Ellie Parker
Favorite Location: Darwin's Ltd
Photographs By John Y Wang
Eleanor H. Parker
By Colton A. Valentine, Crimson Staff Writer
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Eleanor H. Parker may have a “deeply split personality,” but she finds that her life is “both disorienting and refreshingly compartmentalized.” She’s the head writer and vice president of the Harvard Lampoon, a semi-secret Sorrento Square social organization that used to occasionally publish a so-called humor magazine. She’s also a member of the women’s heavyweight crew team and an organismic and evolutionary biology concentrator. She calls herself the class clown on the Charles, the physical strength of the Lampoon Castle, and references the OEB legend that Larry Summers called the department “boy scout science.” Clearly, her character is far from fragmented; humor pervades all the personalities.

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We’re at Darwin’s: Parker’s favorite place in Harvard Square. She comes here for the coffee and crew nostalgia—but it’s after 2 p.m. so she’s a tea-totaler. Her middle name, Hillyer, is almost identical to her favorite Darwin’s sandwich, the Hilliard, “probably out of an implicit egotism thing.” Self-deprecation, it seems, is the crux of her pervasive humor.

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Parker’s first Lampoon comp piece, for instance, parodied a childhood misinterpretation of a pamphlet on mountain lion safety, specifically the tip: “Keep children with you at all times.” For Parker, this meant tykes like herself were magical talismans against cougars and should accompany all adults to ward off the feline predators.

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When I ask for her favorite joke, she skirts the question and directs me to the oldest one she remembers. From a joke book by Rosie O’Donnell, it goes:

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Why did the stoplight turn red?
Why?
Wouldn’t you turn red if you were caught changing in the middle of the road?

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Today, Parker’s comedy exploits garner more attention than a simple chuckle. With Lampoon president Alexis C. Wilkinson ’15, she spearheaded a Huffington Post parody last summer that she says drew a quarter of a million page views, a personal email from Sheryl Sandberg, and a sly shout-out from Arianna Huffington herself. The media magnate, Parker reports, said she was pleased that students had spent their time studying her site instead of backpacking through Europe. When I ask Parker about being a part of the first female executive pair at the Lampoon, Parker speaks earnestly about female role models in comedy.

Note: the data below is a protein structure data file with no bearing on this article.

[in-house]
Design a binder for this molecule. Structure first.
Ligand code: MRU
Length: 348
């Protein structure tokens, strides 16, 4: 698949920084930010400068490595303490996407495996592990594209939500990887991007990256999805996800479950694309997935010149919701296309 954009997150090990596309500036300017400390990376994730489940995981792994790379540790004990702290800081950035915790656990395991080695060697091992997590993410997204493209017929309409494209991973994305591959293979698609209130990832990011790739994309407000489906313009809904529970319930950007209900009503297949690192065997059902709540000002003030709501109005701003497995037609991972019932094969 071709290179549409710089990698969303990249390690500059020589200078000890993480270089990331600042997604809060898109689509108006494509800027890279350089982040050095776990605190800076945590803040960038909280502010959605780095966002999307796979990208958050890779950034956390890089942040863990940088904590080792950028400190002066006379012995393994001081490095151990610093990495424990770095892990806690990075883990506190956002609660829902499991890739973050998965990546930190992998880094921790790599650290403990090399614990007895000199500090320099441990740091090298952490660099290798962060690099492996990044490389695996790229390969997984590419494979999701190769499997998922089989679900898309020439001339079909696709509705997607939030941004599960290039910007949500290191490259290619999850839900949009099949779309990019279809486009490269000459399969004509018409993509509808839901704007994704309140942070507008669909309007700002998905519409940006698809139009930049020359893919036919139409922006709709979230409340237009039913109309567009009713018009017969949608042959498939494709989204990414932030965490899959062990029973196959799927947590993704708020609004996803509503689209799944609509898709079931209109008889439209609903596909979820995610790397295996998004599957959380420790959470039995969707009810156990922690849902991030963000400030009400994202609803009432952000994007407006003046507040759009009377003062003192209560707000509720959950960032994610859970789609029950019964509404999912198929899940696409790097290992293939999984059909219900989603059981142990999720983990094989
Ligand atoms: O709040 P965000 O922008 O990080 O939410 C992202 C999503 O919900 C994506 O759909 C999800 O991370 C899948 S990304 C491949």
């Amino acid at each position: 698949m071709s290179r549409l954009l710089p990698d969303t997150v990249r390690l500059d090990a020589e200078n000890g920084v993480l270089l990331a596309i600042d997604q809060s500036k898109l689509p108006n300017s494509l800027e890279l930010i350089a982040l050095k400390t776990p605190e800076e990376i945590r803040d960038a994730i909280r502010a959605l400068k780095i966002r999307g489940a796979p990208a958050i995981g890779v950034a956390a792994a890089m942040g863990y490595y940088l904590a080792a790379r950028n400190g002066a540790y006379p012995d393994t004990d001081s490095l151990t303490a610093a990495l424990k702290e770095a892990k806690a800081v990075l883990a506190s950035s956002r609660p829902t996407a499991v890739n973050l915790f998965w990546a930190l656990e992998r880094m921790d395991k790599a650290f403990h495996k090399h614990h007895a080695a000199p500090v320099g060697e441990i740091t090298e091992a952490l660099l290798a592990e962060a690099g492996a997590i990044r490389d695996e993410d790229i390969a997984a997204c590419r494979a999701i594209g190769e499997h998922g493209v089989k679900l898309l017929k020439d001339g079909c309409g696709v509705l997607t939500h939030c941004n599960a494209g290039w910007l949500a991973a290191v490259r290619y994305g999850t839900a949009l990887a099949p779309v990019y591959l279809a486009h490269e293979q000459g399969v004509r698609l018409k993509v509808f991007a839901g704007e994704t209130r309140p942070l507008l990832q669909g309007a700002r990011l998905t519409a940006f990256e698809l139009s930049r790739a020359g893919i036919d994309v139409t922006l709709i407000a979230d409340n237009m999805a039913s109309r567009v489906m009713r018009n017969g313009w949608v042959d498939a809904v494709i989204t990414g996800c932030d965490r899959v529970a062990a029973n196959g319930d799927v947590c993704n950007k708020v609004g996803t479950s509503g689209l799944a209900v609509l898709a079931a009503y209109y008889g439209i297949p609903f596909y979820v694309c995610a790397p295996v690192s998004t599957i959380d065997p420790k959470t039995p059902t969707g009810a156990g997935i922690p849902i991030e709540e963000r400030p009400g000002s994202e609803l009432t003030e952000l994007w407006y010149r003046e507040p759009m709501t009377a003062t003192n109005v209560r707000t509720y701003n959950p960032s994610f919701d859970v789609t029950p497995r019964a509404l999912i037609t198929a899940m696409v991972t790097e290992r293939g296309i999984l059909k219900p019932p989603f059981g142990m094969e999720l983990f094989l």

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As a writer, her literary loves are far from pure satire; she cites Tom Robbins, Elizabeth Bishop, and Virginia Woolf as inspirations. She’s considering abandoning “boy scout science” and returning to study literature post-grad—a choice that would cycle her back to a pre-extracurricular, more academic Ellie.

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In high school, she was a Latin scholar who battled invasive plants in her spare time. Agriculture and classics merged when, for an independent study, her school gave her a plot of land so she could personally explore the frustration with farming in Virgil’s “Georgics.”

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College, for Parker, meant more emphasis on communities and people, and less on rigorous scholarship. She has no “professional agenda” for OEB, though she did spend a summer doing research on the ages at which children develop fundamental biological concepts.

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Parker speaks more fondly, though, of the summer after her freshman year, when she found an opening on Crimson Careers as a ranch hand in Wyoming. She mentions the experience offhand as an example of her interest in “mining” Cambridge and Harvard for “strange sub-cultures.” Though she remains an avid bird watcher, she’s found agricultural pursuits difficult to keep up with.

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When I ask her to recount a moment of solace in her performative, to-the-max lifestyle, Parker pauses to sip her tea before responding: her time at Cambridge Friends, a Quaker meeting house. At meetings, participants sit in silence for an hour unless someone feels moved to speak—an average of four to five per session, she says, unless national politics has members riled up. Parker has never spoken herself.

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“It’s a beautiful counterpoint to pretty much everything here,” she says, shifting between quirky affirmation and cultural critique, “which is full participation and often a jostling for attention.”

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